Constantine, Constantine Province, Algeria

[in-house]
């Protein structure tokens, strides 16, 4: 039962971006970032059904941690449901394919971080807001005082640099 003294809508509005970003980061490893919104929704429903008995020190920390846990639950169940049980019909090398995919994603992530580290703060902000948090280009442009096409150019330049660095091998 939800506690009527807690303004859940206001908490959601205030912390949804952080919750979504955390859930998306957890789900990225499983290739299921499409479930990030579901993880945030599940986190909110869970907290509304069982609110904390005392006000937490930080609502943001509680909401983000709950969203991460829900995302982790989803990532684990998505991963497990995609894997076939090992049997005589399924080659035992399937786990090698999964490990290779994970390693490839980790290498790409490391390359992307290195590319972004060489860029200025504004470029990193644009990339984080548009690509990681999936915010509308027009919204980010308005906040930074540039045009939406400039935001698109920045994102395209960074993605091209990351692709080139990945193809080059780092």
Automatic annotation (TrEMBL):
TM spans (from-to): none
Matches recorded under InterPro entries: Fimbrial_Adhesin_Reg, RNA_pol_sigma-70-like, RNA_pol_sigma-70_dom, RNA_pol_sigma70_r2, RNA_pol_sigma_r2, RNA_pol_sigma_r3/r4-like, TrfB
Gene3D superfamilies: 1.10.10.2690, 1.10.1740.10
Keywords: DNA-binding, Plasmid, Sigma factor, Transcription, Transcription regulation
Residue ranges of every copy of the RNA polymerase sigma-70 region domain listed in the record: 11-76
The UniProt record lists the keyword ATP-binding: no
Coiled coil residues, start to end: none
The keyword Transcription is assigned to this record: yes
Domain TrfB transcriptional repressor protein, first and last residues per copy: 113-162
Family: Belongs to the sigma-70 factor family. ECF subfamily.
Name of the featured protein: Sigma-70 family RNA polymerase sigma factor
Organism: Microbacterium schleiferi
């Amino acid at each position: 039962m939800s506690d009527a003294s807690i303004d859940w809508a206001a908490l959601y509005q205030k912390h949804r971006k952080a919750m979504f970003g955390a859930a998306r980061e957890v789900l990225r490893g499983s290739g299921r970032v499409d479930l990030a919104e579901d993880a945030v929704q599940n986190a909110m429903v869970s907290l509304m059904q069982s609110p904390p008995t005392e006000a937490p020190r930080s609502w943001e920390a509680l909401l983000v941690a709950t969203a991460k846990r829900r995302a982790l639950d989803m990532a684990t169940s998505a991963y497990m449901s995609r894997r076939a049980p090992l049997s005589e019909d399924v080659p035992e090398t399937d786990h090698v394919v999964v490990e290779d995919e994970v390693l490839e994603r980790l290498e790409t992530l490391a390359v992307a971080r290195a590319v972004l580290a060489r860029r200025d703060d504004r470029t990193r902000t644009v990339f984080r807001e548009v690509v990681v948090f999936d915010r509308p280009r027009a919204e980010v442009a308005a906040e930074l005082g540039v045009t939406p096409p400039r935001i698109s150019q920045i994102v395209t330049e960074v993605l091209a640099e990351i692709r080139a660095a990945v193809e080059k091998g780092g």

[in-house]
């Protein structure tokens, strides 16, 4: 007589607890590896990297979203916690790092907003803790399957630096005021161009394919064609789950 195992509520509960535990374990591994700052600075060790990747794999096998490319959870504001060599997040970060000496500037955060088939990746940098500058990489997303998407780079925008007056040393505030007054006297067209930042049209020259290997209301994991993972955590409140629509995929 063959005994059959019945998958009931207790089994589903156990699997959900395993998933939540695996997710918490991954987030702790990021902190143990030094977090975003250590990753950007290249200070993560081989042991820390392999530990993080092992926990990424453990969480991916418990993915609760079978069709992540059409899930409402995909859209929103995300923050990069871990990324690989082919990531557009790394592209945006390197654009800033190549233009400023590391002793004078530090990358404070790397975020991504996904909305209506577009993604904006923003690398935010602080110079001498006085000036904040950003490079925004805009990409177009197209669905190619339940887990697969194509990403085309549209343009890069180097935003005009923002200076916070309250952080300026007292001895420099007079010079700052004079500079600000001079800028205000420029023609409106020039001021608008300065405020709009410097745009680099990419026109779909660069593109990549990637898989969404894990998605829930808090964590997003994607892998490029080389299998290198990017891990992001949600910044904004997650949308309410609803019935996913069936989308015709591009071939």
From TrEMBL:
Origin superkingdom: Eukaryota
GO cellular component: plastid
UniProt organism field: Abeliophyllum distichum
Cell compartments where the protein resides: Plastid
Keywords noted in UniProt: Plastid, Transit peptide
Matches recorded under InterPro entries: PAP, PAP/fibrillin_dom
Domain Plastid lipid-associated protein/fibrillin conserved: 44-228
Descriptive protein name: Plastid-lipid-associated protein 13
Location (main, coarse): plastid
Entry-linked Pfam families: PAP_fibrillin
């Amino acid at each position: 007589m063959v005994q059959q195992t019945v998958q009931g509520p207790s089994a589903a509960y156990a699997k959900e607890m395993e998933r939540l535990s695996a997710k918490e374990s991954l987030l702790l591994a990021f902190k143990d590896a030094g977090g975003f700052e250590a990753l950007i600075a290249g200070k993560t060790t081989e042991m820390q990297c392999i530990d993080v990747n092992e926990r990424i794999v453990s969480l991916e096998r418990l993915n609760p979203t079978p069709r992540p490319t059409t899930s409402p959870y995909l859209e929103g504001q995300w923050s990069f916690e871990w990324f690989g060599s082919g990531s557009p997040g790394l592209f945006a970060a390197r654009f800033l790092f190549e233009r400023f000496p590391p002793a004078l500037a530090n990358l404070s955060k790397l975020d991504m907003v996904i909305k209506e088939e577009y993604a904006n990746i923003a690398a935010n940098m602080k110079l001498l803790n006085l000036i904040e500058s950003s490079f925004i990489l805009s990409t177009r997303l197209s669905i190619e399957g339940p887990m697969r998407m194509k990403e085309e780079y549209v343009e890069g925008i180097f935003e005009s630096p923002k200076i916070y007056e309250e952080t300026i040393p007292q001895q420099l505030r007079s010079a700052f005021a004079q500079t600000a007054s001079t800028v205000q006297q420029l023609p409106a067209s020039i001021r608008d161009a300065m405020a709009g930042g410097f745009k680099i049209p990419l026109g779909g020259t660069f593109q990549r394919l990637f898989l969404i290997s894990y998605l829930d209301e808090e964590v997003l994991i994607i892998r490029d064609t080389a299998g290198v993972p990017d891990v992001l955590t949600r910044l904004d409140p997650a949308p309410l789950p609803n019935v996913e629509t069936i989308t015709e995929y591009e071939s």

More Photos Constantine the Great (Latin: Flavius Valerius Aurelius Constantinus Augustus; Greek: Κωνσταντῖνος ὁ Μέγας; 27 February c. 272 AD – 22 May 337 AD), also known as Constantine I or Saint Constantine (in the Orthodox Church as Saint Constantine the Great, Equal-to-the-Apostles), was a Roman Emperor of Illyrian-Greek origin from 306 to 337 AD. He was the son of Flavius Valerius Constantius, a Roman Army officer, and his consort Helena. His father became Caesar, the deputy emperor in the west, in 293 AD. Constantine was sent east, where he rose through the ranks to become a military tribune under Emperors Diocletian and Galerius. In 305, Constantius raised himself to the rank of Augustus, senior western emperor, and Constantine was recalled west to campaign under his father in Britannia (Britain). Constantine was acclaimed as emperor by the army at Eboracum (modern-day York) after his father's death in 306 AD, and he emerged victorious in a series of civil wars against Emperors Maxentius and Licinius to become sole ruler of both west and east by 324 AD. As emperor, Constantine enacted many administrative, financial, social, and military reforms to strengthen the empire. The government was restructured, and the civil and military authorities were separated. A new gold coin was introduced to combat inflation known as the solidus. It became the standard for Byzantine and European currencies for more than a thousand years. Constantine was the first Roman emperor to convert to Christianity, and he played an influential role in the proclamation of the Edict of Milan in 313, which declared religious tolerance for Christianity in the Roman empire. He called the First Council of Nicaea in 325, at which the Nicene Creed was adopted by Christians. In military matters, the Roman army was reorganised to consist of mobile field units and garrison soldiers capable of countering internal threats and barbarian invasions. Constantine pursued successful campaigns against the tribes on the Roman frontiers—the Franks, the Alamanni, the Goths, and the Sarmatians—even resettling territories abandoned by his predecessors during the Crisis of the Third Century. The age of Constantine marked a distinct epoch in the history of the Roman Empire. He built a new imperial residence at Byzantium and renamed the city Constantinople after himself (the laudatory epithet of "New Rome" came later, and was never an official title). It became the capital of the Empire for more than a thousand years, with the later eastern Roman Empire now being referred to as the Byzantine Empire. His more immediate political legacy was that he replaced Diocletian's tetrarchy with the principle of dynastic succession by leaving the empire to his sons. His reputation flourished during the lifetime of his children and centuries after his reign. The medieval church upheld him as a paragon of virtue, while secular rulers invoked him as a prototype, a point of reference, and the symbol of imperial legitimacy and identity. Beginning with the Renaissance, there were more critical appraisals of his reign due to the rediscovery of anti-Constantinian sources. Trends in modern and recent scholarship have attempted to balance the extremes of previous scholarship. The Church of the Holy Sepulchre was built on his orders at the purported site of Jesus' tomb in Jerusalem and became the holiest place in Christendom. The Papal claim to temporal power in the High Middle Ages was based on the supposed Donation of Constantine. He is venerated as a saint by Eastern Orthodox and Byzantine Catholics. He has historically been referred to as the "First Christian Emperor", and he did heavily promote the Christian Church. Some modern scholars, however, debate his beliefs and even his comprehension of the Christian faith itself. Wikipedia

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